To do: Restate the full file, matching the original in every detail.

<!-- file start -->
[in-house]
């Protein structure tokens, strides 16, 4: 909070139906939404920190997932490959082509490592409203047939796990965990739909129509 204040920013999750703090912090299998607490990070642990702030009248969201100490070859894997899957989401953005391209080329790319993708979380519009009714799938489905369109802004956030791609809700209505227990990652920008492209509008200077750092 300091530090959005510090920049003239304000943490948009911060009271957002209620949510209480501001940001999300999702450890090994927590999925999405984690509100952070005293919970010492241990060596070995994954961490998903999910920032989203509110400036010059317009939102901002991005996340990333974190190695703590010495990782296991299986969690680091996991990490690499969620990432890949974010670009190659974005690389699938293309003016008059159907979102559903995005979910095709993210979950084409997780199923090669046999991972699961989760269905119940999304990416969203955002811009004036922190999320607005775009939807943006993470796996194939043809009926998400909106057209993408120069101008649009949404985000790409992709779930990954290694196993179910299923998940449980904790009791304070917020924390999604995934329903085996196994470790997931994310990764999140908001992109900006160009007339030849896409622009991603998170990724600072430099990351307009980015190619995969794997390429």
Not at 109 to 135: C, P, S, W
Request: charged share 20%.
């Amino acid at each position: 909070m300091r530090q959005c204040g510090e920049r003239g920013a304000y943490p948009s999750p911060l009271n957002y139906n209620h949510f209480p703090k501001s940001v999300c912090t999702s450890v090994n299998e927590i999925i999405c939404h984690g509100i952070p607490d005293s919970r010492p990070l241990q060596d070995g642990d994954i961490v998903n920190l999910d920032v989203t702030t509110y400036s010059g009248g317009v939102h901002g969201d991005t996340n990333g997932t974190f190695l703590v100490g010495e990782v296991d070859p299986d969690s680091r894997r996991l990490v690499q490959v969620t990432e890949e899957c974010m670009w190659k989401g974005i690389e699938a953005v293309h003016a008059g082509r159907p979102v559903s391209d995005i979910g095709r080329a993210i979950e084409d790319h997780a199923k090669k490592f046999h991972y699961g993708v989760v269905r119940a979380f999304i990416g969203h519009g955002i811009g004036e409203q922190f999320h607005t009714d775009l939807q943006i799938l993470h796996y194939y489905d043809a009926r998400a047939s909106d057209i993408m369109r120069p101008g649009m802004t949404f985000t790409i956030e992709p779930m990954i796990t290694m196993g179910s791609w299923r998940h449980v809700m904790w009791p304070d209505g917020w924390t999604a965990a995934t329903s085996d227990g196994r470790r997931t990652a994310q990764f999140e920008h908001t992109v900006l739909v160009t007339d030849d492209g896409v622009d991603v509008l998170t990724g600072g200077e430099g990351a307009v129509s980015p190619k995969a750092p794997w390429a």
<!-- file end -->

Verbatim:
[in-house]
């Protein structure tokens, strides 16, 4: 909070139906939404920190997932490959082509490592409203047939796990965990739909129509 204040920013999750703090912090299998607490990070642990702030009248969201100490070859894997899957989401953005391209080329790319993708979380519009009714799938489905369109802004956030791609809700209505227990990652920008492209509008200077750092 300091530090959005510090920049003239304000943490948009911060009271957002209620949510209480501001940001999300999702450890090994927590999925999405984690509100952070005293919970010492241990060596070995994954961490998903999910920032989203509110400036010059317009939102901002991005996340990333974190190695703590010495990782296991299986969690680091996991990490690499969620990432890949974010670009190659974005690389699938293309003016008059159907979102559903995005979910095709993210979950084409997780199923090669046999991972699961989760269905119940999304990416969203955002811009004036922190999320607005775009939807943006993470796996194939043809009926998400909106057209993408120069101008649009949404985000790409992709779930990954290694196993179910299923998940449980904790009791304070917020924390999604995934329903085996196994470790997931994310990764999140908001992109900006160009007339030849896409622009991603998170990724600072430099990351307009980015190619995969794997390429």
Not at 109 to 135: C, P, S, W
Request: charged share 20%.
């Amino acid at each position: 909070m300091r530090q959005c204040g510090e920049r003239g920013a304000y943490p948009s999750p911060l009271n957002y139906n209620h949510f209480p703090k501001s940001v999300c912090t999702s450890v090994n299998e927590i999925i999405c939404h984690g509100i952070p607490d005293s919970r010492p990070l241990q060596d070995g642990d994954i961490v998903n920190l999910d920032v989203t702030t509110y400036s010059g009248g317009v939102h901002g969201d991005t996340n990333g997932t974190f190695l703590v100490g010495e990782v296991d070859p299986d969690s680091r894997r996991l990490v690499q490959v969620t990432e890949e899957c974010m670009w190659k989401g974005i690389e699938a953005v293309h003016a008059g082509r159907p979102v559903s391209d995005i979910g095709r080329a993210i979950e084409d790319h997780a199923k090669k490592f046999h991972y699961g993708v989760v269905r119940a979380f999304i990416g969203h519009g955002i811009g004036e409203q922190f999320h607005t009714d775009l939807q943006i799938l993470h796996y194939y489905d043809a009926r998400a047939s909106d057209i993408m369109r120069p101008g649009m802004t949404f985000t790409i956030e992709p779930m990954i796990t290694m196993g179910s791609w299923r998940h449980v809700m904790w009791p304070d209505g917020w924390t999604a965990a995934t329903s085996d227990g196994r470790r997931t990652a994310q990764f999140e920008h908001t992109v900006l739909v160009t007339d030849d492209g896409v622009d991603v509008l998170t990724g600072g200077e430099g990351a307009v129509s980015p190619k995969a750092p794997w390429a």